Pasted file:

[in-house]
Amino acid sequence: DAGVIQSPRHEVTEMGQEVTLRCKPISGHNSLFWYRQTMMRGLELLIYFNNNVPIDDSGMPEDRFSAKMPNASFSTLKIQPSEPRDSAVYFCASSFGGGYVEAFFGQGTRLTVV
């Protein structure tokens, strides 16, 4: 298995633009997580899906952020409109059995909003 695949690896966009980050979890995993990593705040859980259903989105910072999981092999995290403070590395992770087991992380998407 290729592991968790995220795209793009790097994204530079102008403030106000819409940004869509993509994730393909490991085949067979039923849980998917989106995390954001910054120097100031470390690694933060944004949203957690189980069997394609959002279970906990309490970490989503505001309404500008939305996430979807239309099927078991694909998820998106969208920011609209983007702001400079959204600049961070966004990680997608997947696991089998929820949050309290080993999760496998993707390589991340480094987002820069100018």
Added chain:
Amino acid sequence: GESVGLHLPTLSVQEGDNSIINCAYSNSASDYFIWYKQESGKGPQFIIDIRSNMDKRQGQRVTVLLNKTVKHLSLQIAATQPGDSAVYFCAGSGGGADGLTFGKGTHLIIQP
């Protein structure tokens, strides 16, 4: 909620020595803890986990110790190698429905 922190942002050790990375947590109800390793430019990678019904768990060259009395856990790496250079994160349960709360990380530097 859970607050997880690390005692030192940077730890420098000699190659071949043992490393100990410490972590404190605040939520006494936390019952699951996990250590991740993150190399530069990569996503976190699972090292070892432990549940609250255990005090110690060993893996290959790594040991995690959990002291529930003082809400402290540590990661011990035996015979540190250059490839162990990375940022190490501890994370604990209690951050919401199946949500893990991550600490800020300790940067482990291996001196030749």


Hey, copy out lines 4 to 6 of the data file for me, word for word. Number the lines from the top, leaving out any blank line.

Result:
Added chain:
Amino acid sequence: GESVGLHLPTLSVQEGDNSIINCAYSNSASDYFIWYKQESGKGPQFIIDIRSNMDKRQGQRVTVLLNKTVKHLSLQIAATQPGDSAVYFCAGSGGGADGLTFGKGTHLIIQP
């Protein structure tokens, strides 16, 4: 909620020595803890986990110790190698429905 922190942002050790990375947590109800390793430019990678019904768990060259009395856990790496250079994160349960709360990380530097 859970607050997880690390005692030192940077730890420098000699190659071949043992490393100990410490972590404190605040939520006494936390019952699951996990250590991740993150190399530069990569996503976190699972090292070892432990549940609250255990005090110690060993893996290959790594040991995690959990002291529930003082809400402290540590990661011990035996015979540190250059490839162990990375940022190490501890994370604990209690951050919401199946949500893990991550600490800020300790940067482990291996001196030749």